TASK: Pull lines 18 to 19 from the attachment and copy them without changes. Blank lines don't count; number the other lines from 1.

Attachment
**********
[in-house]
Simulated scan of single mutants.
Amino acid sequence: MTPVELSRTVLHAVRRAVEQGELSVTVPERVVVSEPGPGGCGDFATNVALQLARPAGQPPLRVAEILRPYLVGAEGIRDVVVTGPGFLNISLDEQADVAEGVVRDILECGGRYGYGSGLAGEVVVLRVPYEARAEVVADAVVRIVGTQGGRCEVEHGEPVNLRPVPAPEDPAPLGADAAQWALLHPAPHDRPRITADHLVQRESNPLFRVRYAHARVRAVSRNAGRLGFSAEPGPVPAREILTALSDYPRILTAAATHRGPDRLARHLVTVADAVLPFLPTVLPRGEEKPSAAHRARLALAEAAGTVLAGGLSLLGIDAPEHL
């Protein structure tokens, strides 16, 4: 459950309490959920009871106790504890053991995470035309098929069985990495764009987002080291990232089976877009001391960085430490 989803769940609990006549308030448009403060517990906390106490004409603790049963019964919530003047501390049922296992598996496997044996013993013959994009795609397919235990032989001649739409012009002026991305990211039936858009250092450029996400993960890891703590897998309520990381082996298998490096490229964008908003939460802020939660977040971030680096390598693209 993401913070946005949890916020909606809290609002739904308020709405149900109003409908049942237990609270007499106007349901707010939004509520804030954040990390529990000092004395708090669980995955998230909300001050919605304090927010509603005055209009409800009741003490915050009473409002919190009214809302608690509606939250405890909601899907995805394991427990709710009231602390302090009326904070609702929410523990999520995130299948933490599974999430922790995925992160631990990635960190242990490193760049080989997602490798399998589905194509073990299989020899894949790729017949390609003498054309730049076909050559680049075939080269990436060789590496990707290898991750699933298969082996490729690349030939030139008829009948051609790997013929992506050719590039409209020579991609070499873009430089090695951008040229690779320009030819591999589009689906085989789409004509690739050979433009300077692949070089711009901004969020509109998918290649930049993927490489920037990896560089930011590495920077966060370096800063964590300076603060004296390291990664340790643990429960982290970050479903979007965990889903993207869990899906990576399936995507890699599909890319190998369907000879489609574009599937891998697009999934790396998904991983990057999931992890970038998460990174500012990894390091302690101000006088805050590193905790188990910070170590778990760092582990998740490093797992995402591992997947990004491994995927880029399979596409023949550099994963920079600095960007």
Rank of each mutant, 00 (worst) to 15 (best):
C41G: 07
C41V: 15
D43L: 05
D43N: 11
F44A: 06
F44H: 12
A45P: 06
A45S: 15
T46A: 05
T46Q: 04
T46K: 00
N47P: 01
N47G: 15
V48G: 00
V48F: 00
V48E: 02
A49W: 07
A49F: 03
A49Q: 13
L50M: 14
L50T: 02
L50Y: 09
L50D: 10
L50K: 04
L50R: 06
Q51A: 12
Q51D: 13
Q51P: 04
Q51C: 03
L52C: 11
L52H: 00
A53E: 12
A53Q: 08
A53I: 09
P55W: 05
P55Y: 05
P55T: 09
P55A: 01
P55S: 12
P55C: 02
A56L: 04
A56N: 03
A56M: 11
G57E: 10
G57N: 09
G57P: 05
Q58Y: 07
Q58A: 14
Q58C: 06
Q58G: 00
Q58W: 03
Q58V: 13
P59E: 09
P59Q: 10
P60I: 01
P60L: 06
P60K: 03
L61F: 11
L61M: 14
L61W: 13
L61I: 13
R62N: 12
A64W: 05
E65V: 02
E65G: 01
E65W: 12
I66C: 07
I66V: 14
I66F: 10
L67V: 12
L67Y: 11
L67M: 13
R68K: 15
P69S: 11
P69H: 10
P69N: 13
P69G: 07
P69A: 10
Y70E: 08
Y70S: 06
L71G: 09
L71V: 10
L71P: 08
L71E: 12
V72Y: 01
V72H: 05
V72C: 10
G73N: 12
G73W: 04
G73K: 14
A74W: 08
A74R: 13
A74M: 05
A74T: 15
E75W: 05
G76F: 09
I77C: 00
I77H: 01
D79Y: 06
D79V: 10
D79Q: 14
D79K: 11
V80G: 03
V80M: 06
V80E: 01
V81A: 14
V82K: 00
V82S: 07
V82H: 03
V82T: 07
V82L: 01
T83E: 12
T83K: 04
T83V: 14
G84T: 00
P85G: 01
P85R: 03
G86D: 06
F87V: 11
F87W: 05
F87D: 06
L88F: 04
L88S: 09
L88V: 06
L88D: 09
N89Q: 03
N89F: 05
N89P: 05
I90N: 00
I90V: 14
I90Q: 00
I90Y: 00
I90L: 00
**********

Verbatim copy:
N47G: 15
V48G: 00